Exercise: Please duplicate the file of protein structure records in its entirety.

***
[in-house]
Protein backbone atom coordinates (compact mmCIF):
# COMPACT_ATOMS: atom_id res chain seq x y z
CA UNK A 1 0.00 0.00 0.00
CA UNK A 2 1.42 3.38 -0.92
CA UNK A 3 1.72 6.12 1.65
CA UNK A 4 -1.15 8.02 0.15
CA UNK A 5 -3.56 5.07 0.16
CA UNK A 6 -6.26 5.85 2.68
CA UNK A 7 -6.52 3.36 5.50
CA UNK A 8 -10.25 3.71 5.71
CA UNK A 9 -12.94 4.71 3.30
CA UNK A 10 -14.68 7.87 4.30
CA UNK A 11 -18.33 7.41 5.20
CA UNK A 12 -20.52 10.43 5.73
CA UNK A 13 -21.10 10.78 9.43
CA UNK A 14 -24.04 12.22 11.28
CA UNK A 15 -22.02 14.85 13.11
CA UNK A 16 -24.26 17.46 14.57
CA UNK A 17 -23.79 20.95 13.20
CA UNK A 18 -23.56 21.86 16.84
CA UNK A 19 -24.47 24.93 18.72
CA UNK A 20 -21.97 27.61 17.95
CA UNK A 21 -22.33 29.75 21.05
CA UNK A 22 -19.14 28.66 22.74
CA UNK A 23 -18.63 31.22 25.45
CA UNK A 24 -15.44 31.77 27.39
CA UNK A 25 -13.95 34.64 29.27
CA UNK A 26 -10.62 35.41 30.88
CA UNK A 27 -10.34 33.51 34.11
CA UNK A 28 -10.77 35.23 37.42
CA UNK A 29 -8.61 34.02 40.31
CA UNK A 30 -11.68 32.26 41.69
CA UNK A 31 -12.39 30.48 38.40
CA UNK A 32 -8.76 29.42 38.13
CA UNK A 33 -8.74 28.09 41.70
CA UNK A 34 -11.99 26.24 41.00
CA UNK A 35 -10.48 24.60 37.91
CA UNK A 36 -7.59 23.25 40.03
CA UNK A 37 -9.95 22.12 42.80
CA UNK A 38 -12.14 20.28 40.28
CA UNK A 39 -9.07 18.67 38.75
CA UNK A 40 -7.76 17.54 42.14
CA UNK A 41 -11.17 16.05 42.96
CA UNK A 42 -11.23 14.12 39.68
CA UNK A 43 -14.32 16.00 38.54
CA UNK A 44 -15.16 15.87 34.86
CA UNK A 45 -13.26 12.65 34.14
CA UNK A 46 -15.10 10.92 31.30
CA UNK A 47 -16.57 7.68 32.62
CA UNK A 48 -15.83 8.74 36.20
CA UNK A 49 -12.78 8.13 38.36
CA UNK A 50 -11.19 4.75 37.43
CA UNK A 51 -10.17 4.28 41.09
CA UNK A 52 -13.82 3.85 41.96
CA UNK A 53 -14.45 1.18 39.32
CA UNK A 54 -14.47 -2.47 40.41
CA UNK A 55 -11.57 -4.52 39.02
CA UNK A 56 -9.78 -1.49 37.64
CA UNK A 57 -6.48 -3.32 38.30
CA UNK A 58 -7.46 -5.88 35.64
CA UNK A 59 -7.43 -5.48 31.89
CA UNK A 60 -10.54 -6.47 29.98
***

[in-house]
Protein backbone atom coordinates (compact mmCIF):
# COMPACT_ATOMS: atom_id res chain seq x y z
CA UNK A 1 0.00 0.00 0.00
CA UNK A 2 1.42 3.38 -0.92
CA UNK A 3 1.72 6.12 1.65
CA UNK A 4 -1.15 8.02 0.15
CA UNK A 5 -3.56 5.07 0.16
CA UNK A 6 -6.26 5.85 2.68
CA UNK A 7 -6.52 3.36 5.50
CA UNK A 8 -10.25 3.71 5.71
CA UNK A 9 -12.94 4.71 3.30
CA UNK A 10 -14.68 7.87 4.30
CA UNK A 11 -18.33 7.41 5.20
CA UNK A 12 -20.52 10.43 5.73
CA UNK A 13 -21.10 10.78 9.43
CA UNK A 14 -24.04 12.22 11.28
CA UNK A 15 -22.02 14.85 13.11
CA UNK A 16 -24.26 17.46 14.57
CA UNK A 17 -23.79 20.95 13.20
CA UNK A 18 -23.56 21.86 16.84
CA UNK A 19 -24.47 24.93 18.72
CA UNK A 20 -21.97 27.61 17.95
CA UNK A 21 -22.33 29.75 21.05
CA UNK A 22 -19.14 28.66 22.74
CA UNK A 23 -18.63 31.22 25.45
CA UNK A 24 -15.44 31.77 27.39
CA UNK A 25 -13.95 34.64 29.27
CA UNK A 26 -10.62 35.41 30.88
CA UNK A 27 -10.34 33.51 34.11
CA UNK A 28 -10.77 35.23 37.42
CA UNK A 29 -8.61 34.02 40.31
CA UNK A 30 -11.68 32.26 41.69
CA UNK A 31 -12.39 30.48 38.40
CA UNK A 32 -8.76 29.42 38.13
CA UNK A 33 -8.74 28.09 41.70
CA UNK A 34 -11.99 26.24 41.00
CA UNK A 35 -10.48 24.60 37.91
CA UNK A 36 -7.59 23.25 40.03
CA UNK A 37 -9.95 22.12 42.80
CA UNK A 38 -12.14 20.28 40.28
CA UNK A 39 -9.07 18.67 38.75
CA UNK A 40 -7.76 17.54 42.14
CA UNK A 41 -11.17 16.05 42.96
CA UNK A 42 -11.23 14.12 39.68
CA UNK A 43 -14.32 16.00 38.54
CA UNK A 44 -15.16 15.87 34.86
CA UNK A 45 -13.26 12.65 34.14
CA UNK A 46 -15.10 10.92 31.30
CA UNK A 47 -16.57 7.68 32.62
CA UNK A 48 -15.83 8.74 36.20
CA UNK A 49 -12.78 8.13 38.36
CA UNK A 50 -11.19 4.75 37.43
CA UNK A 51 -10.17 4.28 41.09
CA UNK A 52 -13.82 3.85 41.96
CA UNK A 53 -14.45 1.18 39.32
CA UNK A 54 -14.47 -2.47 40.41
CA UNK A 55 -11.57 -4.52 39.02
CA UNK A 56 -9.78 -1.49 37.64
CA UNK A 57 -6.48 -3.32 38.30
CA UNK A 58 -7.46 -5.88 35.64
CA UNK A 59 -7.43 -5.48 31.89
CA UNK A 60 -10.54 -6.47 29.98